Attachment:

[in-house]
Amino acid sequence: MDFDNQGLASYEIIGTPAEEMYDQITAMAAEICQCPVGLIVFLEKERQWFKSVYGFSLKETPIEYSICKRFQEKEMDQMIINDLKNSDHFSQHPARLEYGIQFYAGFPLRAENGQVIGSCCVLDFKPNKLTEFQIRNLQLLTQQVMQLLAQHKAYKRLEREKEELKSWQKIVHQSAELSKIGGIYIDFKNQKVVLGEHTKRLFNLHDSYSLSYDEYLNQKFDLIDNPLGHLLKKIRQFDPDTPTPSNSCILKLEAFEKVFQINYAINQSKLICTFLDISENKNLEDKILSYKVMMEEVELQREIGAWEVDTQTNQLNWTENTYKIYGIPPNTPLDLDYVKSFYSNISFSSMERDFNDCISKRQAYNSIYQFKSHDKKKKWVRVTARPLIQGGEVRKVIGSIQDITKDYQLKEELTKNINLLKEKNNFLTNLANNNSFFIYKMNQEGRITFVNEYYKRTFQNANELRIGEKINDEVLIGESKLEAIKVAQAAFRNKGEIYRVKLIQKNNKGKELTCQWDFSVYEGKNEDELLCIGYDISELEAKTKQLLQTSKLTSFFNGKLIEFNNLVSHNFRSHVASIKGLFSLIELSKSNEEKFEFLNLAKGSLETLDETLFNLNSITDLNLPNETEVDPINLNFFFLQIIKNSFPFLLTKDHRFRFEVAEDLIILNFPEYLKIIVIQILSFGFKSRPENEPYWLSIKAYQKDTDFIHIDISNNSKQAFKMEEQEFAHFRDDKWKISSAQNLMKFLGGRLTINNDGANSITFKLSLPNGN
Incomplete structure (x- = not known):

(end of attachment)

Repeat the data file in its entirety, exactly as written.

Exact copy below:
[in-house]
Amino acid sequence: MDFDNQGLASYEIIGTPAEEMYDQITAMAAEICQCPVGLIVFLEKERQWFKSVYGFSLKETPIEYSICKRFQEKEMDQMIINDLKNSDHFSQHPARLEYGIQFYAGFPLRAENGQVIGSCCVLDFKPNKLTEFQIRNLQLLTQQVMQLLAQHKAYKRLEREKEELKSWQKIVHQSAELSKIGGIYIDFKNQKVVLGEHTKRLFNLHDSYSLSYDEYLNQKFDLIDNPLGHLLKKIRQFDPDTPTPSNSCILKLEAFEKVFQINYAINQSKLICTFLDISENKNLEDKILSYKVMMEEVELQREIGAWEVDTQTNQLNWTENTYKIYGIPPNTPLDLDYVKSFYSNISFSSMERDFNDCISKRQAYNSIYQFKSHDKKKKWVRVTARPLIQGGEVRKVIGSIQDITKDYQLKEELTKNINLLKEKNNFLTNLANNNSFFIYKMNQEGRITFVNEYYKRTFQNANELRIGEKINDEVLIGESKLEAIKVAQAAFRNKGEIYRVKLIQKNNKGKELTCQWDFSVYEGKNEDELLCIGYDISELEAKTKQLLQTSKLTSFFNGKLIEFNNLVSHNFRSHVASIKGLFSLIELSKSNEEKFEFLNLAKGSLETLDETLFNLNSITDLNLPNETEVDPINLNFFFLQIIKNSFPFLLTKDHRFRFEVAEDLIILNFPEYLKIIVIQILSFGFKSRPENEPYWLSIKAYQKDTDFIHIDISNNSKQAFKMEEQEFAHFRDDKWKISSAQNLMKFLGGRLTINNDGANSITFKLSLPNGN
Incomplete structure (x- = not known):